Because you never know the burden that she/they are walking around. It is not your place, it is not welcome at all… Also, the judgment that follows couples that opt out of being parents and all of that. Not your place …
Hope you had a lovely week, I certainly did. Below, enjoy!
- I really don’t know what I feel about this story.
- As a Christian and a so-called “infidel”, I am not sure how to think of such evil!! May God judge them ever so severely!!!
- Again on the ethics of having a live-in lady take care of your kids while hers have to make do. BUT, beautiful writing.
- On being overly PC at school and dumbing down academic rigours at American Universities.
- Not an easy practice, but necessary. Doing your best work and checking that it is, despite knowing/ feeling that this is the best you could ever get.
Best work followed by best work followed by more best work is far more useful and generous than merely doing your best work once and insisting we understand you.
Posted in Heart matters, home, life
Tagged children, education, evil, Heart matters, home, ISIS, life, motherhood, motivation, PC, Political correctness, Sunday Reads, women, working
Happy Sunday and here are some reads to get into your morning coffee.
- On childlessness and more importantly why we never track the number of mean that elect not to have babies.
- How many of these have you read? Me only four!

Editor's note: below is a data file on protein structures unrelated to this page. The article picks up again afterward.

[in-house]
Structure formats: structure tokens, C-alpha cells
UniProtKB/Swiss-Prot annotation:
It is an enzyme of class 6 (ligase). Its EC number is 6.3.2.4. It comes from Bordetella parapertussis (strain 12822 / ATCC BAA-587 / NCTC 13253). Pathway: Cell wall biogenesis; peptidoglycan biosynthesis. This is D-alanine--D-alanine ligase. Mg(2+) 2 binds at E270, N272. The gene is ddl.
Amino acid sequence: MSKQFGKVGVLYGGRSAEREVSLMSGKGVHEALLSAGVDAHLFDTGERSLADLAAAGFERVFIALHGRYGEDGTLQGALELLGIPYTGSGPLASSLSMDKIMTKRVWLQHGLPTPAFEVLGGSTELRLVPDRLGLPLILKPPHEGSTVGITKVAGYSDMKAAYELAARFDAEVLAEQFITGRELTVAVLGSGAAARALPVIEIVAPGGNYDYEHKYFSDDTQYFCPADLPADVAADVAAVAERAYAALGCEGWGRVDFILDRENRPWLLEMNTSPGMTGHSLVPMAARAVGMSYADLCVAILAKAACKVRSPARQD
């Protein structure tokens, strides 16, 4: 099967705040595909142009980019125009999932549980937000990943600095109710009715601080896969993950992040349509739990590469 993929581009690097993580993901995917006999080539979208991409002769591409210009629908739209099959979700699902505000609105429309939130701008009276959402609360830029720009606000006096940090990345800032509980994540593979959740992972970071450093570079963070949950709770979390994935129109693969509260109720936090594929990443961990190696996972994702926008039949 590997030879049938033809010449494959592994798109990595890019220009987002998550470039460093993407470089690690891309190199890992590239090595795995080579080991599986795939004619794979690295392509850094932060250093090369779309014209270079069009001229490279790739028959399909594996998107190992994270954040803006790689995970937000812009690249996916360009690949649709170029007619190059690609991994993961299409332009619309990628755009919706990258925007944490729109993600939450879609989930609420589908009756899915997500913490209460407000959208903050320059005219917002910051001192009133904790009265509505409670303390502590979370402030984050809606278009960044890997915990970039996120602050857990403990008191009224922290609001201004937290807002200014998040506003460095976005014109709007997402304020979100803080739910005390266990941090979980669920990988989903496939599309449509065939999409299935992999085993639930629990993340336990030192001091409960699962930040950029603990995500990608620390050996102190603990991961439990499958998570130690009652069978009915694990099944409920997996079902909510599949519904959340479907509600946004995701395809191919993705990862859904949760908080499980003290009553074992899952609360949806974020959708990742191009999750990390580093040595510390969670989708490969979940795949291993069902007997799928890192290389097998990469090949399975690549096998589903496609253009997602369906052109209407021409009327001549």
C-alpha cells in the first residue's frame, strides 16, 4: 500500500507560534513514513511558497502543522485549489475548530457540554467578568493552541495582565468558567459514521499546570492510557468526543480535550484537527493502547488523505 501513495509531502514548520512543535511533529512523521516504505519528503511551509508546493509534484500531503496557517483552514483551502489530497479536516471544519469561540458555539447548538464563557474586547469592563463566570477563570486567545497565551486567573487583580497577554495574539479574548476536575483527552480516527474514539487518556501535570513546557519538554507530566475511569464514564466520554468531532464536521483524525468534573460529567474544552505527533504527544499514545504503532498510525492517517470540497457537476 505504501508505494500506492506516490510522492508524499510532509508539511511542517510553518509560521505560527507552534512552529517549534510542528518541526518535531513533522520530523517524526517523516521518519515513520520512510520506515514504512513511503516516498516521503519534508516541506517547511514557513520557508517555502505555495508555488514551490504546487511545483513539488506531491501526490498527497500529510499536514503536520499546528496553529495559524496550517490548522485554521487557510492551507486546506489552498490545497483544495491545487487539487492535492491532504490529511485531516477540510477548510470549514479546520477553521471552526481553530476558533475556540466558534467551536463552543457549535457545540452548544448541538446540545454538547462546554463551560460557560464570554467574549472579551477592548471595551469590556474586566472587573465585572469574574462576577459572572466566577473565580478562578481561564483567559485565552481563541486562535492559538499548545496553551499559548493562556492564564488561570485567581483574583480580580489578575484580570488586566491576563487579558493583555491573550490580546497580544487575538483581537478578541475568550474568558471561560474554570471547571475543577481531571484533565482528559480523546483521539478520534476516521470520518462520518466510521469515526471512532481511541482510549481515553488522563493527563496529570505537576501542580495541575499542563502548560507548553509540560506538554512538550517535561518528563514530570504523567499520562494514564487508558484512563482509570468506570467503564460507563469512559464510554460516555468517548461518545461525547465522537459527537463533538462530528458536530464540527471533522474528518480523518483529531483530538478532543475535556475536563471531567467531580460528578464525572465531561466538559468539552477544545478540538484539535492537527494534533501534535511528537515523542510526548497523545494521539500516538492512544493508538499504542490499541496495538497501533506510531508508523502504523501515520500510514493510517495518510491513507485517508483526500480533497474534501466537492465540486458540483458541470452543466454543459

- Always fascinating to read about the glorified world of interns or assistants.
- Yellow Fever is making quite the waves. Watch and Read
- On Dating and Apps in the African context
- Monica has paid her dues and needs to be released.
The positive voices, when there are enough of them, keep abusive ones from spreading, just as a mostly vaccinated population protects those few people who are not. Together, we have the power to protect the most vulnerable among us
*the title is from Asa’s latest album and probably has nothing to do with this post
Growing up, we had a wall map of Africa hanging in our dining area. Other than the endless hours of entertainment it provided, I also came up with the totally rad idea to get a kombi and drive up all the way from Nairobi through the Strait of Gibraltar and head to Spain for a holiday. I must have been around ten at the time and I kept thinking when I turned 21,
the golden age, I would do this. My father just smiled and only years later did I find out that so many others had caught onto this idea and were willing to die, suffer thirst and risk dying on the water in order to make this same journey.
What other memories do you have of being a kid that were dashed in your adult years?